Preventing young people from entering the criminal justice system in the first place is vital, and we have made considerable progress in reducing the number of first-time entrants to the system. Police and crime commissioners will provide strong local leadership in preventing and reducing crime and reoffending and addressing community safety needs. Youth offending teams also play a key role, as do cross-Government initiatives such as the troubled families initiative, the liaison and diversion programme and the ending gangs and youth violence programme.
The aforementioned “Transforming Youth Custody” Green Paper brings together the Justice Secretary and the Education Secretary, which rightly recognises that it is not just criminal justice issues that are involved. Does the Minister plan to deepen the work with the Department for Education to reach pre-primary and primary schools following the lead of, for example, Hampshire county council, which has just employed an army of speech and language therapists to work with children with identified communication needs to stop the spiral of poor behaviour starting in the first place.
Yes, and what my hon. Friend says about the importance of early intervention is entirely right. I take this opportunity to thank him and his colleagues on the Select Committee on Justice for the report that they produced last week. It was extremely welcome and we will look at it in detail and respond in due course. What he says about early intervention is important, and we will certainly work with colleagues across Government to ensure that that continues.
The hon. Gentleman is right. Early intervention is crucial and we want to make sure that it looks not just at criminal justice, but at family structures, education and health care. A whole range of different interests across Government must be represented in this exercise if we are truly to get to the bottom of the many problems and often chaotic background that some young people come from.
May I commend to Ministers paragraph 21 of the youth justice report that has just been referred to and the proposal that the Government might legislate as soon as possible to erase out-of-court disposals and convictions from the record of very early, minor and non-persistent offenders at the age of 18? I have constituency cases in which people’s careers have been blighted by a minor infraction for which they got a telling off, but which appears on their criminal record.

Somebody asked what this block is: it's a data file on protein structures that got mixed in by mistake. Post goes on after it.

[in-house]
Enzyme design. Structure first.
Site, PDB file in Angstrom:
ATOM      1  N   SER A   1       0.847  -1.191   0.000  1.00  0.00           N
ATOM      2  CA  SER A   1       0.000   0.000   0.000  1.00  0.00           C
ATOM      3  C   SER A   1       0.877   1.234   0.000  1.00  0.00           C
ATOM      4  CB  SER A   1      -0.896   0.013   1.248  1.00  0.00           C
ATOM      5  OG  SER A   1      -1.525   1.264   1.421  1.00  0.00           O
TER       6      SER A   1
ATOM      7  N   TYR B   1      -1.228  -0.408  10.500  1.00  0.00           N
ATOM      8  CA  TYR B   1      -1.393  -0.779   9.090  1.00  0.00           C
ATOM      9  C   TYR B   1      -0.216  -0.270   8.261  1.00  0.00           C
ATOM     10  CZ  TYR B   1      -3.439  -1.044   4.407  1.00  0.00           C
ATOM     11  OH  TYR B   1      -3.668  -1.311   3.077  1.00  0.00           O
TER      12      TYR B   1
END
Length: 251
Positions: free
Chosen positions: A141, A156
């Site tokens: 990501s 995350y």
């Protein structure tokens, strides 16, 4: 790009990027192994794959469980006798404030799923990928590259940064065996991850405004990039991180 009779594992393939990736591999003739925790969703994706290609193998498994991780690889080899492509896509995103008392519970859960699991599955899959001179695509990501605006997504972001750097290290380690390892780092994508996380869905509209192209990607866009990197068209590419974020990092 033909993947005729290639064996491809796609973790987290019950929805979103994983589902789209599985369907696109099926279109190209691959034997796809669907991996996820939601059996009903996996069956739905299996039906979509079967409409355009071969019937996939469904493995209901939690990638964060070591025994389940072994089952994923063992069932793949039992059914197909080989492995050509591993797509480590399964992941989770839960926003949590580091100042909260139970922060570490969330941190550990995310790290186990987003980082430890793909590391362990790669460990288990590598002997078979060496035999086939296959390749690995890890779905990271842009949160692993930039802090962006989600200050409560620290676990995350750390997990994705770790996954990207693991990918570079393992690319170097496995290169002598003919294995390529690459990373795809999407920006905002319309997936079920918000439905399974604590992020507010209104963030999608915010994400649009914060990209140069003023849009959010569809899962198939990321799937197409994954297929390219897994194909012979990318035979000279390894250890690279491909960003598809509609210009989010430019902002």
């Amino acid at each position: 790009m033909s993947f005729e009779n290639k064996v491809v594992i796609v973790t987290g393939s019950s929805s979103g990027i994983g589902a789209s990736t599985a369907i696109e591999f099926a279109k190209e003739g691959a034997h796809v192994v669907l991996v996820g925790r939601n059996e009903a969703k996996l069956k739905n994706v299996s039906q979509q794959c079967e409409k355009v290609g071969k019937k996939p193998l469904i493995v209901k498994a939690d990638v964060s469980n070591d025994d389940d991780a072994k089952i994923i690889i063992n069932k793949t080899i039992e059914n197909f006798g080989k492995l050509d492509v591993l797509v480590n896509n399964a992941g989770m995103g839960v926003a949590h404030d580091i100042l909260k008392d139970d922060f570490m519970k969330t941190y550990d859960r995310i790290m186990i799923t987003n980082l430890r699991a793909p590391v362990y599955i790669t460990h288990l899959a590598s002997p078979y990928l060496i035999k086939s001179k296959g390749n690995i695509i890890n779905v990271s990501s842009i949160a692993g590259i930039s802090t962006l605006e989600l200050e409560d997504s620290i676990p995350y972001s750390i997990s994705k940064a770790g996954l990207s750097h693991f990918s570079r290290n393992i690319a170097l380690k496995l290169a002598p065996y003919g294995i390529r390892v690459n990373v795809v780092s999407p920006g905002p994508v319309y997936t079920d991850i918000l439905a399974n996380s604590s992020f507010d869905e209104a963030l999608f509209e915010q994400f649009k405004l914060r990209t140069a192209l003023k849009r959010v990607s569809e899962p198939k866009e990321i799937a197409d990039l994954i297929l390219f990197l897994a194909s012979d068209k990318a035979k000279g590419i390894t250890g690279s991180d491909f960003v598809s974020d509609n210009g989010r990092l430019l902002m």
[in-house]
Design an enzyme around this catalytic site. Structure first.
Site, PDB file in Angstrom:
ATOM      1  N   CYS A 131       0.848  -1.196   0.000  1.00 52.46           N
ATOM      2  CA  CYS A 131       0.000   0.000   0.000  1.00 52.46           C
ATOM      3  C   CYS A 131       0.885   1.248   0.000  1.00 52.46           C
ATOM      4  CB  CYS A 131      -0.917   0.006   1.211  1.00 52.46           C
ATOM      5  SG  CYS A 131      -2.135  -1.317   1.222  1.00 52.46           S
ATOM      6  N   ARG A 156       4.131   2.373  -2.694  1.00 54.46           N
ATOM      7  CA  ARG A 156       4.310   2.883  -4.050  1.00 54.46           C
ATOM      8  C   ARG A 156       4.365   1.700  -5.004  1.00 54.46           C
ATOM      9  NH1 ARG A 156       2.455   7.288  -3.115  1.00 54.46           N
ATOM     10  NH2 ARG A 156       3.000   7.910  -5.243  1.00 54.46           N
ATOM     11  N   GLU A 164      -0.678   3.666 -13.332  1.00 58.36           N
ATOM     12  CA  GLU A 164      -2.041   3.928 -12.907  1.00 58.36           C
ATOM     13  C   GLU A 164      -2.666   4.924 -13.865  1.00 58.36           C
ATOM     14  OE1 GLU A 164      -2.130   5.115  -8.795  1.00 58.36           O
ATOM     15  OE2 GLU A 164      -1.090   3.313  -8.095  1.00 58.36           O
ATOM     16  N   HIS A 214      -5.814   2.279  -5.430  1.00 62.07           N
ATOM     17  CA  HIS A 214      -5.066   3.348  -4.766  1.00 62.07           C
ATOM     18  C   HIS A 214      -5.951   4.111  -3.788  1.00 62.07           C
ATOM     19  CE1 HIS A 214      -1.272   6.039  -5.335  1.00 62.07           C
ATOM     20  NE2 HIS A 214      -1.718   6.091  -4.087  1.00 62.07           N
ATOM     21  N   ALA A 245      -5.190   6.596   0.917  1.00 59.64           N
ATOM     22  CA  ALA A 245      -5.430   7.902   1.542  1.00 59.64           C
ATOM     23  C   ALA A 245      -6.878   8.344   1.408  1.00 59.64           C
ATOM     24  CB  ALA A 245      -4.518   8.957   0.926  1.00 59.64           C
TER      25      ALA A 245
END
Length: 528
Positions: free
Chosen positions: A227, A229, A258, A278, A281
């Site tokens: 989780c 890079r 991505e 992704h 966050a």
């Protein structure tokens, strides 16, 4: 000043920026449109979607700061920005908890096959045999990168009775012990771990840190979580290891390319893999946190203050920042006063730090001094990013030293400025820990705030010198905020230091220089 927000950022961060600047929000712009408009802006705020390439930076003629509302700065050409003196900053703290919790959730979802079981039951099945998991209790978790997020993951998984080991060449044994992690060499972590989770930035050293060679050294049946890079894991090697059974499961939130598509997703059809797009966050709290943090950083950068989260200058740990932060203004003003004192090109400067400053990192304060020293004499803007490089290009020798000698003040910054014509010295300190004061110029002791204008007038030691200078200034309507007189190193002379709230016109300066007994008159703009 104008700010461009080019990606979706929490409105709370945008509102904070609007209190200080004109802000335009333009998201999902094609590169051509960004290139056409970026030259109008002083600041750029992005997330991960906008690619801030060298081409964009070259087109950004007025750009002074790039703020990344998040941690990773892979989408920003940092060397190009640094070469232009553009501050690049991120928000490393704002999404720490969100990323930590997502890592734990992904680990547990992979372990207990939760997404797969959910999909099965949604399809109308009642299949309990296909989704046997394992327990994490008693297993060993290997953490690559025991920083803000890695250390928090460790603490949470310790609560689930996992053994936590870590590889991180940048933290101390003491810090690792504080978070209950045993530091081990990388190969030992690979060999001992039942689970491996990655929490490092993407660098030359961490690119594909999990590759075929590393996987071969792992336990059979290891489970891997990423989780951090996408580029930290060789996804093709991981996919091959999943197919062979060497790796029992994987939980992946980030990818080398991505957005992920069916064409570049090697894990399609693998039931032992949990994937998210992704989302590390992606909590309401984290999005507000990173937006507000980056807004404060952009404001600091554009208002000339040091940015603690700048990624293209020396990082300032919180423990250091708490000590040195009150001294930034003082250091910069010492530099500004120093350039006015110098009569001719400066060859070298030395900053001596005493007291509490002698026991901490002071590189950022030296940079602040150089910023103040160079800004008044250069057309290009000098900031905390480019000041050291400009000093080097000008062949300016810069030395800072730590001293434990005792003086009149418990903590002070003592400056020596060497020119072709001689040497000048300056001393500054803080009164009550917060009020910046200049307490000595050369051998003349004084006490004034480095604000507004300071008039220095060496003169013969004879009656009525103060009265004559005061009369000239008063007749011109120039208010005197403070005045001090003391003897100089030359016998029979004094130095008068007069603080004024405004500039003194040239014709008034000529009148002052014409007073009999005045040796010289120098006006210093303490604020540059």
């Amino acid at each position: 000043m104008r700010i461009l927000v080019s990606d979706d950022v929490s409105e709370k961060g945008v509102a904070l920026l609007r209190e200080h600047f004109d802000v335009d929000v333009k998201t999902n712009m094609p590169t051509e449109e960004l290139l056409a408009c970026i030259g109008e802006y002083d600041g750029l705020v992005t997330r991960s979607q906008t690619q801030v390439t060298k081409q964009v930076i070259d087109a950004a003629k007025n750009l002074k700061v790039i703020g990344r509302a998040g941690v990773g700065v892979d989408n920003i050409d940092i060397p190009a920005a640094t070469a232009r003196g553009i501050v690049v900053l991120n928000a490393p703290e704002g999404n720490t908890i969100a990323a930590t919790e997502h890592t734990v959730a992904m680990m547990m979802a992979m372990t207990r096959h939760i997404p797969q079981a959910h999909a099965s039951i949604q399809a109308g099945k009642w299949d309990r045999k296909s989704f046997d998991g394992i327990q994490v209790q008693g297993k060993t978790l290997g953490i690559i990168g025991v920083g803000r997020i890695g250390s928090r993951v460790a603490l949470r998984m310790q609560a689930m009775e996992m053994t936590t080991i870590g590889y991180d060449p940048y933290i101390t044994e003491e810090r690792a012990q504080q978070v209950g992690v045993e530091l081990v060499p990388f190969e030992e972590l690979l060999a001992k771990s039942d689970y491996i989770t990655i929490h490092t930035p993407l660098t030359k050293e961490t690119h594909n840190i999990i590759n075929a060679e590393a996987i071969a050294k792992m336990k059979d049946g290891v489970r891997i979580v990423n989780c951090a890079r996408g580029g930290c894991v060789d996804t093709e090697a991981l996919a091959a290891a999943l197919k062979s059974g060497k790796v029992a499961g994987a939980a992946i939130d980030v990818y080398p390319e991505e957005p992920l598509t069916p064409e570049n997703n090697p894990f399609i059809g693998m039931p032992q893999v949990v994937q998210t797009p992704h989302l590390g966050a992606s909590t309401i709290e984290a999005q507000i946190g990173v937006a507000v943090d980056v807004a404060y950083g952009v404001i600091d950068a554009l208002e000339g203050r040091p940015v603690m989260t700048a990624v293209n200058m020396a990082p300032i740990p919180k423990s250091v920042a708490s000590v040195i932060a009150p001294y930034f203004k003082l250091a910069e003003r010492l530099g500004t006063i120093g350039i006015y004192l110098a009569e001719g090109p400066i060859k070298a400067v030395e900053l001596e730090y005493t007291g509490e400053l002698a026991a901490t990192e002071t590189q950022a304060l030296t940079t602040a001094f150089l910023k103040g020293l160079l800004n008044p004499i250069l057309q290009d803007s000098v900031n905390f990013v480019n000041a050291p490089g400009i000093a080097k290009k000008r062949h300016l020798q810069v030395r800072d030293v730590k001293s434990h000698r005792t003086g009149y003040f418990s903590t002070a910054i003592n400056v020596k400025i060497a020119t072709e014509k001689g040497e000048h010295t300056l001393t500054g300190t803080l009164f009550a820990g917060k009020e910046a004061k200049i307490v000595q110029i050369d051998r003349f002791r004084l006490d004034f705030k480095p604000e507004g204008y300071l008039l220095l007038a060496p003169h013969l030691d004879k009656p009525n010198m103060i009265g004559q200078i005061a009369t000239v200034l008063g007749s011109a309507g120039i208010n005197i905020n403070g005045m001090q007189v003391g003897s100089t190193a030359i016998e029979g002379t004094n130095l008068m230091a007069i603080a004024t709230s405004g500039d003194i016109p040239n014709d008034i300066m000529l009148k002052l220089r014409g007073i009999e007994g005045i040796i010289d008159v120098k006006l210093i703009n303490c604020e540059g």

I have a good deal of sympathy for what the right hon. Gentleman says and we are considering the matter carefully for precisely the reasons he has given. We will look carefully at the issue of cautions in the round—not only how they are administered, but how long they last and in what circumstances—and report back.
Around 7% of the youth offending team’s budget has been transferred to police and crime commissioners as part of the community safety grant. As there is no increase in the PCC budget, that money has effectively disappeared. With budget cuts totalling 16% and cuts to local authorities and police, how are youth offending teams to prevent young people from entering the criminal justice system, when sleight of hand deprives them of funding of hundreds of thousands of pounds?
Well, there is no sleight of hand here, and it is right to point out that police and crime commissioners can increase the precept if they think it appropriate to do so and bring more money into their budgets, but the hon. Gentleman’s point is about the importance of prevention. We should recognise that youth offending teams are already doing good work in that regard and having considerable success, bringing down the number of people who come into the criminal justice system in the first place. We hope that that progress will continue, but prevention is a key part of what youth offending teams do and it will continue to be so.